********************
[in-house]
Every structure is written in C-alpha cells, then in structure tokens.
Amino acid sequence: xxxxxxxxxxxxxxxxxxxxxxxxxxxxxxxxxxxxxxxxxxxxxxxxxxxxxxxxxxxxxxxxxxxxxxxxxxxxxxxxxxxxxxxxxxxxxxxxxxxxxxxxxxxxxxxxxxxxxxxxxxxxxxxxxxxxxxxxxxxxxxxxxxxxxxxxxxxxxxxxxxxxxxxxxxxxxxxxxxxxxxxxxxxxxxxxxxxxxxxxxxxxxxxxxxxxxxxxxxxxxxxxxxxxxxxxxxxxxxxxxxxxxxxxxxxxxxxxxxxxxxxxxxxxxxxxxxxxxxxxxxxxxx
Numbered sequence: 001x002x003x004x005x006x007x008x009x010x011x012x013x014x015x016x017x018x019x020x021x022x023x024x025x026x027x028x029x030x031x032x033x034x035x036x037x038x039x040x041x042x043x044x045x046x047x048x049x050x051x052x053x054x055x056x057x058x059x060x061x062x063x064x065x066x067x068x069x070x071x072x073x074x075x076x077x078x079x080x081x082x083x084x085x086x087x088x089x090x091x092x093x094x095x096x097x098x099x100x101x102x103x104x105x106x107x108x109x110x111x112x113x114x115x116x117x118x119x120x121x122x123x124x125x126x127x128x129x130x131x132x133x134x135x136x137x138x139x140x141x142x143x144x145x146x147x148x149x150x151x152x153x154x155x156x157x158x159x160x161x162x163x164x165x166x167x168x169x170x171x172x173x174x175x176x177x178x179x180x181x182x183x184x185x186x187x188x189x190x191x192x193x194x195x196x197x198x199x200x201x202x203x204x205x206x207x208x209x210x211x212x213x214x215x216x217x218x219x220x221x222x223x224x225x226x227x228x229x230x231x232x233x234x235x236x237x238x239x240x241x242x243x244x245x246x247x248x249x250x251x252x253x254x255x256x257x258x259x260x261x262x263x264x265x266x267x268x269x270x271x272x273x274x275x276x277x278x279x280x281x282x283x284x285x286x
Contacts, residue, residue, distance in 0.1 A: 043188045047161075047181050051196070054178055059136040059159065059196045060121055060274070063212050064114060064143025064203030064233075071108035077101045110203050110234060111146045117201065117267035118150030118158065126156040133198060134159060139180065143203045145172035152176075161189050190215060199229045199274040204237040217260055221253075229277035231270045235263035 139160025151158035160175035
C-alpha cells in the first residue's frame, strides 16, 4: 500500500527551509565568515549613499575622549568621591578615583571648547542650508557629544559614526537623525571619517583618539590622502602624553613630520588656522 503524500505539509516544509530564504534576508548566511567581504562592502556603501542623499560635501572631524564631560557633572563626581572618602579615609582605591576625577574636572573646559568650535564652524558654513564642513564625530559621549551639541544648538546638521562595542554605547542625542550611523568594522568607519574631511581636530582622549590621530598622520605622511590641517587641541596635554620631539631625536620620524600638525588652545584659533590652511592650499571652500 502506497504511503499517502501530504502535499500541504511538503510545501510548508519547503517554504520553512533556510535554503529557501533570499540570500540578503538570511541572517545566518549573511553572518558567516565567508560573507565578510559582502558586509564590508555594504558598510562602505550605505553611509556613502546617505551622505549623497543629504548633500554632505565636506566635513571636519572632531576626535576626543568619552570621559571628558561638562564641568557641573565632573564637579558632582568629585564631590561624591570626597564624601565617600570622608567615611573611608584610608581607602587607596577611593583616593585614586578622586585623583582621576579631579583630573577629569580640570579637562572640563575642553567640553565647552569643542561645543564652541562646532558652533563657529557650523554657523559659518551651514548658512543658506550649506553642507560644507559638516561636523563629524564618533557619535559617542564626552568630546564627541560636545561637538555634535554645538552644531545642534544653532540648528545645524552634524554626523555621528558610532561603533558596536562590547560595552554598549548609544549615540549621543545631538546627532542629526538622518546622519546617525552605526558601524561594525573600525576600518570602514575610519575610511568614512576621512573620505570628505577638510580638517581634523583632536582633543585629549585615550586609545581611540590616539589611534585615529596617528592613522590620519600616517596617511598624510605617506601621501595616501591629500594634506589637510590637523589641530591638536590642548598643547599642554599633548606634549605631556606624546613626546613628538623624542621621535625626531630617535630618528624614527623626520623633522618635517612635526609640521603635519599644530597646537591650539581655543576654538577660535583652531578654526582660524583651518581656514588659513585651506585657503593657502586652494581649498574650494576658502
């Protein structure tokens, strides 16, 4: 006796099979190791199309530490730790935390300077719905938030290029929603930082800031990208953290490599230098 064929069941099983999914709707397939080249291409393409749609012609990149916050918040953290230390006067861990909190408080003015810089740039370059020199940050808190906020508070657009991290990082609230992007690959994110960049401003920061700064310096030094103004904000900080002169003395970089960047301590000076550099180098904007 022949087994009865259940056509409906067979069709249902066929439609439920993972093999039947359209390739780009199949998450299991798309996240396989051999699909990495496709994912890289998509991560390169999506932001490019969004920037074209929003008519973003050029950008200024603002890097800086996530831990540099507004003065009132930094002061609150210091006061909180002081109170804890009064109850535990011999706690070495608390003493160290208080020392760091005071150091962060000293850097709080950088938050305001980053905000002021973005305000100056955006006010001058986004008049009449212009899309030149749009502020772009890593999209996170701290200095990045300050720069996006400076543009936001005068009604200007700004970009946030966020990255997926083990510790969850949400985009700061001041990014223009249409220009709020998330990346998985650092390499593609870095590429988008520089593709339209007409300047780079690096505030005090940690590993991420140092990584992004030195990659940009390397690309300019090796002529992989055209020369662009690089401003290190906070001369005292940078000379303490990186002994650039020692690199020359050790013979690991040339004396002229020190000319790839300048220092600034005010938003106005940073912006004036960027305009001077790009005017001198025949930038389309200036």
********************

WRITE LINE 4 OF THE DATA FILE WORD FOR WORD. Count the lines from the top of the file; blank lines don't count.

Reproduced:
Numbered sequence: 001x002x003x004x005x006x007x008x009x010x011x012x013x014x015x016x017x018x019x020x021x022x023x024x025x026x027x028x029x030x031x032x033x034x035x036x037x038x039x040x041x042x043x044x045x046x047x048x049x050x051x052x053x054x055x056x057x058x059x060x061x062x063x064x065x066x067x068x069x070x071x072x073x074x075x076x077x078x079x080x081x082x083x084x085x086x087x088x089x090x091x092x093x094x095x096x097x098x099x100x101x102x103x104x105x106x107x108x109x110x111x112x113x114x115x116x117x118x119x120x121x122x123x124x125x126x127x128x129x130x131x132x133x134x135x136x137x138x139x140x141x142x143x144x145x146x147x148x149x150x151x152x153x154x155x156x157x158x159x160x161x162x163x164x165x166x167x168x169x170x171x172x173x174x175x176x177x178x179x180x181x182x183x184x185x186x187x188x189x190x191x192x193x194x195x196x197x198x199x200x201x202x203x204x205x206x207x208x209x210x211x212x213x214x215x216x217x218x219x220x221x222x223x224x225x226x227x228x229x230x231x232x233x234x235x236x237x238x239x240x241x242x243x244x245x246x247x248x249x250x251x252x253x254x255x256x257x258x259x260x261x262x263x264x265x266x267x268x269x270x271x272x273x274x275x276x277x278x279x280x281x282x283x284x285x286x